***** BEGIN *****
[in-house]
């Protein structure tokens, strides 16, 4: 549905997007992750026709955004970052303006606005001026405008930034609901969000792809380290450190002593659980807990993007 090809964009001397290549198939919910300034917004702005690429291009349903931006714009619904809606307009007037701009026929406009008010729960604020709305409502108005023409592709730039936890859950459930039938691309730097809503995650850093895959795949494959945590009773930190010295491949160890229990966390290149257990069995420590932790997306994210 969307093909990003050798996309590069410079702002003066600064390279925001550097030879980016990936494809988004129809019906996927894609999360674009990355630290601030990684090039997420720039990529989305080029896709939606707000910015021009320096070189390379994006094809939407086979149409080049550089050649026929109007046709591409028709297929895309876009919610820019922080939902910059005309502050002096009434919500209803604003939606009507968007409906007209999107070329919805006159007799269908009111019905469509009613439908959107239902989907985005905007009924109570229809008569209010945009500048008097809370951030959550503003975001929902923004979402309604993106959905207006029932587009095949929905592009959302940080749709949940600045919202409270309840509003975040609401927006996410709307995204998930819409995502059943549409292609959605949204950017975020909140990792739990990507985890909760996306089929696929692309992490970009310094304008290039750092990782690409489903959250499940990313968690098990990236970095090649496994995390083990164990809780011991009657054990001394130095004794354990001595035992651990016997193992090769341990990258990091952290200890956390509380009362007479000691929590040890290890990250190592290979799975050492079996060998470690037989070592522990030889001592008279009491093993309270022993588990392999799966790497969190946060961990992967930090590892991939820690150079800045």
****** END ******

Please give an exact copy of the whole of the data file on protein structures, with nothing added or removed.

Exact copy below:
[in-house]
């Protein structure tokens, strides 16, 4: 549905997007992750026709955004970052303006606005001026405008930034609901969000792809380290450190002593659980807990993007 090809964009001397290549198939919910300034917004702005690429291009349903931006714009619904809606307009007037701009026929406009008010729960604020709305409502108005023409592709730039936890859950459930039938691309730097809503995650850093895959795949494959945590009773930190010295491949160890229990966390290149257990069995420590932790997306994210 969307093909990003050798996309590069410079702002003066600064390279925001550097030879980016990936494809988004129809019906996927894609999360674009990355630290601030990684090039997420720039990529989305080029896709939606707000910015021009320096070189390379994006094809939407086979149409080049550089050649026929109007046709591409028709297929895309876009919610820019922080939902910059005309502050002096009434919500209803604003939606009507968007409906007209999107070329919805006159007799269908009111019905469509009613439908959107239902989907985005905007009924109570229809008569209010945009500048008097809370951030959550503003975001929902923004979402309604993106959905207006029932587009095949929905592009959302940080749709949940600045919202409270309840509003975040609401927006996410709307995204998930819409995502059943549409292609959605949204950017975020909140990792739990990507985890909760996306089929696929692309992490970009310094304008290039750092990782690409489903959250499940990313968690098990990236970095090649496994995390083990164990809780011991009657054990001394130095004794354990001595035992651990016997193992090769341990990258990091952290200890956390509380009362007479000691929590040890290890990250190592290979799975050492079996060998470690037989070592522990030889001592008279009491093993309270022993588990392999799966790497969190946060961990992967930090590892991939820690150079800045």